The NTI Advanced Directing Semester allows emerging and experienced directing students to concentrate solely on sharpening their craft. The main emphasis is on practical training through table-work, in-class exercises, and intensive rehearsals; classes in directing theory and historical foundations; presentations of classical and contemporary scenes; and a final work-in-progress performance.
The Advanced Playwriting 14-week study away program is offered only in the spring, at the O'Neill. This program is a unique opportunity to focus for an entire semester on the craft of writing and developing new plays. There is also a focus on professional training and development to learn about the business of the business, producing one's own work, agents, graduate schools, and submitting to new play festivals. Students leave the program with a portfolio of plays they can submit to festivals and a network of professional contacts.
The Moscow Art Theatre Semester (MATS) is the only American undergraduate program where students can train for an entire semester at the Moscow Art Theatre School and work with members of one of the most accomplished theaters in the world. The National Theater Institute has been collaborating with the Moscow Art Theatre for more than 20 years. In this highly competitive 13-week study abroad program offered only in the Fall semester, daily acting classes in the Stanislavsky System, the Michael Chekhov Technique, and movement classes (including Biomechanics and Ballet) are complemented with voice, design, Russian language, and Russian theater history. Students study in the vibrant city of Moscow, visit cultural sites, see theater, and train with master teachers of the Moscow Art Theatre School. Classes are held six days a week, from 9:00 am to 5:30 pm.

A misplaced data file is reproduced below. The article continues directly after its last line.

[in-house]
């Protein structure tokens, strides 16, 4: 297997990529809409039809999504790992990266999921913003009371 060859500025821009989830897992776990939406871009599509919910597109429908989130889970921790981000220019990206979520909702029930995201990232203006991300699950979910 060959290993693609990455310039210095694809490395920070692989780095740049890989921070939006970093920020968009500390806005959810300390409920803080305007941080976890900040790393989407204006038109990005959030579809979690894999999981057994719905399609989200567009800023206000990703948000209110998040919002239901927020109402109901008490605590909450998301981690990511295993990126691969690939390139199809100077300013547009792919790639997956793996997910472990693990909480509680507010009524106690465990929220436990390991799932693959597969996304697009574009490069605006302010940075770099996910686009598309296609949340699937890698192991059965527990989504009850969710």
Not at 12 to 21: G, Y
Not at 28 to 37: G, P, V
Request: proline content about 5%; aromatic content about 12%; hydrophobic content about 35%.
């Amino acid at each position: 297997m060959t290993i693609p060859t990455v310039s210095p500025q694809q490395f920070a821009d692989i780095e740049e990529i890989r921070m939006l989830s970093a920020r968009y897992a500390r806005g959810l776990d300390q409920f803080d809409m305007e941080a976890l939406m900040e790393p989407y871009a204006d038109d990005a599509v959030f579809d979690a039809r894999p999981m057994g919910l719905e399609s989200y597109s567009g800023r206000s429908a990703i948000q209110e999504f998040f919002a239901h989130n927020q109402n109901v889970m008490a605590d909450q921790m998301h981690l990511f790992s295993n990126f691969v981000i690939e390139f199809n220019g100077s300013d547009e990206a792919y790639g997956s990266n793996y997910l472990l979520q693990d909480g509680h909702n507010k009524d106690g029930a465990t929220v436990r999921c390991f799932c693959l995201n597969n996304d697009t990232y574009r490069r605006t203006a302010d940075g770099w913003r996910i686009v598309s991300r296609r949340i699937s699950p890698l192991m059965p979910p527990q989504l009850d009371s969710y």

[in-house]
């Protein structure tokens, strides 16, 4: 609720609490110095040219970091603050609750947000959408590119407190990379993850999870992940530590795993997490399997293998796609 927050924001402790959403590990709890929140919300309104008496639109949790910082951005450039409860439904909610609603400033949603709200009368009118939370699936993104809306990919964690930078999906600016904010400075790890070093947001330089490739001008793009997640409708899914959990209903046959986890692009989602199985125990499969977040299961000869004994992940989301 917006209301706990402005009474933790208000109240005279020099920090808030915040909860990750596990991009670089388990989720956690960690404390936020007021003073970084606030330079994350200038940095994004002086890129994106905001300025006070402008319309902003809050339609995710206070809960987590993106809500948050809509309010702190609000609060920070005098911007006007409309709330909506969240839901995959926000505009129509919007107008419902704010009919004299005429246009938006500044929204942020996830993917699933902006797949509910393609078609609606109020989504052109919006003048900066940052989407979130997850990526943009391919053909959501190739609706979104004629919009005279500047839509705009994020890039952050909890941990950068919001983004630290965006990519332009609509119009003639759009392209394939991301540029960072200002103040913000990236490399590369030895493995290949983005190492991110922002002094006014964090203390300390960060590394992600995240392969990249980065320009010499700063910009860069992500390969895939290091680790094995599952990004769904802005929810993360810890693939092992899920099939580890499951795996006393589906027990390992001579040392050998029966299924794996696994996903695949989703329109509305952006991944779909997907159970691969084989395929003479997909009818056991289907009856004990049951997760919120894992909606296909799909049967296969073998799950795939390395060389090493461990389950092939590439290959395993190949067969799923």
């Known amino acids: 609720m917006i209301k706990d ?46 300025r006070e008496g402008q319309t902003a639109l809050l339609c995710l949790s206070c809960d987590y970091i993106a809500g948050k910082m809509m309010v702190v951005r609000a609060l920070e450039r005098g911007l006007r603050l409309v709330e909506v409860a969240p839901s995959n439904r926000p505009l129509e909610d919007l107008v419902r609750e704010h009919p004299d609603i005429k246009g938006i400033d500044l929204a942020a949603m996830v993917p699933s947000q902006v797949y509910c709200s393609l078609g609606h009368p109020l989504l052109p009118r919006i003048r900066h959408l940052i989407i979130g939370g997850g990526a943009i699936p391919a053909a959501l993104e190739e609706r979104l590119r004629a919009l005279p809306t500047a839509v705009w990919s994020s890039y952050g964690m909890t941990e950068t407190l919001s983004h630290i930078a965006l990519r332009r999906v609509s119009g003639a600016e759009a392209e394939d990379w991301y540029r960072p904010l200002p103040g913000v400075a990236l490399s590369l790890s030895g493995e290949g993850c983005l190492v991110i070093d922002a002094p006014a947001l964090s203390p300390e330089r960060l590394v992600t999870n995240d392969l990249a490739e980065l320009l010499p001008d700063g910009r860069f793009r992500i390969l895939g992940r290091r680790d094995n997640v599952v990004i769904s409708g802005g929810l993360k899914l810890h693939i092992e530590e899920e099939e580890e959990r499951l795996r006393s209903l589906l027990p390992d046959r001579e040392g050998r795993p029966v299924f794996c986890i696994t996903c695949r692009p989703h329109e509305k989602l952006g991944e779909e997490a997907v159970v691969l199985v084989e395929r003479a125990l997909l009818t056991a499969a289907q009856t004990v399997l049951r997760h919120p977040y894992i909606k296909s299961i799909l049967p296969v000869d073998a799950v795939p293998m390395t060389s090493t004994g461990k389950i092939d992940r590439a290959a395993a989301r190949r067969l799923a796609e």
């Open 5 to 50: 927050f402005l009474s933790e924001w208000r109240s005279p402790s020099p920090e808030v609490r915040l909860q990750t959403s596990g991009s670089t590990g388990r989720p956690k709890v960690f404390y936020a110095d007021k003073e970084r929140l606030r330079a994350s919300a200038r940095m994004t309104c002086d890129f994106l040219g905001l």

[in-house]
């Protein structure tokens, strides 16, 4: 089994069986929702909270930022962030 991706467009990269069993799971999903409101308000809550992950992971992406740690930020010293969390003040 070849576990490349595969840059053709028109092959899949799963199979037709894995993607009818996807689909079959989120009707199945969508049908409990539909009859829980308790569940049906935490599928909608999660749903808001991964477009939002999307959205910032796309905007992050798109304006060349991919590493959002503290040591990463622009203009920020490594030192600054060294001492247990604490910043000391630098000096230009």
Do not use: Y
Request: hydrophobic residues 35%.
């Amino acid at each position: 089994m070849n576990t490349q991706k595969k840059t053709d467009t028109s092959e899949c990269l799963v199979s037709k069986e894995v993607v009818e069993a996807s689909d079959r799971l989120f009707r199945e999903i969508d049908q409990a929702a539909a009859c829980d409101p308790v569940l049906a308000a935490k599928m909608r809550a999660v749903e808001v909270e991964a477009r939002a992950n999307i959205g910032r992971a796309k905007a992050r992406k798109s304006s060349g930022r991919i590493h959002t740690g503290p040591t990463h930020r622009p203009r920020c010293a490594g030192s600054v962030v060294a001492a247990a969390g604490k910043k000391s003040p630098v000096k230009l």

Theatermakers is a six-week summer program designed for students who are self-driven and want to sharpen their theater skills as an actor, director, or playwright. The Theatermakers summer intensive has three core components: an intensive regimen of classes and workshops with professional artists; a public presentation of new plays created each week by the Theatermakers; and integration into the National Playwrights and National Music Theater Conferences through observing the rehearsal process and being mentored by the professional artists. A small ensemble of about 18 students (actors, directors, and writers) is admitted into this highly selective program to ensure an intimate class size, focused attention from instructors, and close-knit mentorships with the professional artists.